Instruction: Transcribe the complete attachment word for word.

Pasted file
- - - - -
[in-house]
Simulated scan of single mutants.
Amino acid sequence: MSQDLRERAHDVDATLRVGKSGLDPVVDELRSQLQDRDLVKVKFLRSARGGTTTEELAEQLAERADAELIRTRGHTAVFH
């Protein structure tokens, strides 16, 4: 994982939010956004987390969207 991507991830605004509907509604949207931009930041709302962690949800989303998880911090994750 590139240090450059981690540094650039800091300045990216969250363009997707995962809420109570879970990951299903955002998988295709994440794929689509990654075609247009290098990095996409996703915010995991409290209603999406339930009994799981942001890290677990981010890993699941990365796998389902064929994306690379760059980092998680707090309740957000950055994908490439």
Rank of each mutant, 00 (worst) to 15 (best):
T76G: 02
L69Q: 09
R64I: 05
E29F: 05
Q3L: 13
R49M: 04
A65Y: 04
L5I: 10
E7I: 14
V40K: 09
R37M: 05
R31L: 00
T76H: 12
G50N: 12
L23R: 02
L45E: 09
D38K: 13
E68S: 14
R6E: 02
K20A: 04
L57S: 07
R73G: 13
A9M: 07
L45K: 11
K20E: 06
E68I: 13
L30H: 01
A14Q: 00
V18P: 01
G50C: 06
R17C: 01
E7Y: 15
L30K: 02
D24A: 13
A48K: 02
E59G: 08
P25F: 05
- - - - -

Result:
[in-house]
Simulated scan of single mutants.
Amino acid sequence: MSQDLRERAHDVDATLRVGKSGLDPVVDELRSQLQDRDLVKVKFLRSARGGTTTEELAEQLAERADAELIRTRGHTAVFH
């Protein structure tokens, strides 16, 4: 994982939010956004987390969207 991507991830605004509907509604949207931009930041709302962690949800989303998880911090994750 590139240090450059981690540094650039800091300045990216969250363009997707995962809420109570879970990951299903955002998988295709994440794929689509990654075609247009290098990095996409996703915010995991409290209603999406339930009994799981942001890290677990981010890993699941990365796998389902064929994306690379760059980092998680707090309740957000950055994908490439």
Rank of each mutant, 00 (worst) to 15 (best):
T76G: 02
L69Q: 09
R64I: 05
E29F: 05
Q3L: 13
R49M: 04
A65Y: 04
L5I: 10
E7I: 14
V40K: 09
R37M: 05
R31L: 00
T76H: 12
G50N: 12
L23R: 02
L45E: 09
D38K: 13
E68S: 14
R6E: 02
K20A: 04
L57S: 07
R73G: 13
A9M: 07
L45K: 11
K20E: 06
E68I: 13
L30H: 01
A14Q: 00
V18P: 01
G50C: 06
R17C: 01
E7Y: 15
L30K: 02
D24A: 13
A48K: 02
E59G: 08
P25F: 05